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Understanding the Life Cycle of a Flea

a flea on skin

If you’re dealing with a flea infestation in your home, it’s important to approach it with the best techniques for controlling these pests. That includes controlling them throughout life cycle, not just the adult fleas.

The Homeowner’s Guide to Understanding the Life Cycle of a Flea

Fleas go through four stages during their life cycle: the egg, larva, pupa and adult stages. They are resilient pests, and each life cycle stage can create a problem for homeowners and pets.

The Egg Stage

Flea eggs are laid on hosts, such as cats or dogs. After a blood meal, adult female fleas prefer to lay their eggs in an animal’s fur where they are barely visible.

However, sometimes, female fleas will lay their eggs in the surroundings of the host instead of on the host. When that is the case, they’ll choose upholstered furniture or bedding to hide their eggs in the crevices of the fabric. They prefer spots where animals have been around, such as your dog’s favorite bed.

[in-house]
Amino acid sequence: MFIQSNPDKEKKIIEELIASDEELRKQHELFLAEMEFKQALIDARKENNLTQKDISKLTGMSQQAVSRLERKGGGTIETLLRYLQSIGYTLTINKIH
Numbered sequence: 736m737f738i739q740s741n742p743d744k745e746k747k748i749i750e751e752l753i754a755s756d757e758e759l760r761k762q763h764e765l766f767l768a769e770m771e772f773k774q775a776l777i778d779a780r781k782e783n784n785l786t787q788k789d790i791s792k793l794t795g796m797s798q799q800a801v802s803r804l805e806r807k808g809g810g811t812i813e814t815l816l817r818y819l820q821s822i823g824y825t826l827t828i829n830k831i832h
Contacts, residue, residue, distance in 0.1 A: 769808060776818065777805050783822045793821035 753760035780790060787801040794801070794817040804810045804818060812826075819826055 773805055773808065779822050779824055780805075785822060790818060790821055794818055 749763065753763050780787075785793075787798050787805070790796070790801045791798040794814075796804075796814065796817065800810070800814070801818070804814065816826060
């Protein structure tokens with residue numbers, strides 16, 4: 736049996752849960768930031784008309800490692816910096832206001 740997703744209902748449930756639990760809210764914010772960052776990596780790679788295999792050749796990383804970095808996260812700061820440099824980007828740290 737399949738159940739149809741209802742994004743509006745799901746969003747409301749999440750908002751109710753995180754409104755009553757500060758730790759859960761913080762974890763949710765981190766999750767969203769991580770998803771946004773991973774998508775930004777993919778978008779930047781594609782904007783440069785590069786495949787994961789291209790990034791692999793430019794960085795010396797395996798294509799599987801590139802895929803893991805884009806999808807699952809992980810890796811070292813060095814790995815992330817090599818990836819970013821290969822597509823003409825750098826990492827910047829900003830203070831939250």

It’s also common for flea eggs to fall off their hosts as the pets move around, causing them to hatch in the host’s surroundings as well.

Flea eggs are tiny, white and oval-shaped, and they are extremely hard to detect unless you are an expert. Female fleas lay their eggs in batches of 20 and can lay up to 50 eggs per day. Flea eggs often account for 50% of a flea population.

The length of the egg stage varies based on environmental factors, such as humidity and temperature. Higher temperatures and humidity levels will cause flea eggs to hatch quicker, sometimes in only two days.

On the flip side, lower temperatures and humidity levels extend the egg stage. If the environmental factors are not right, it can take up to a few weeks for flea eggs to hatch.

The Larva Stage

Once flea eggs hatch, they enter the larva stage. Flea larvae are translucent insects shaped like worms, typically measuring one-fourth of an inch in length. Like eggs, larvae are extremely hard to see.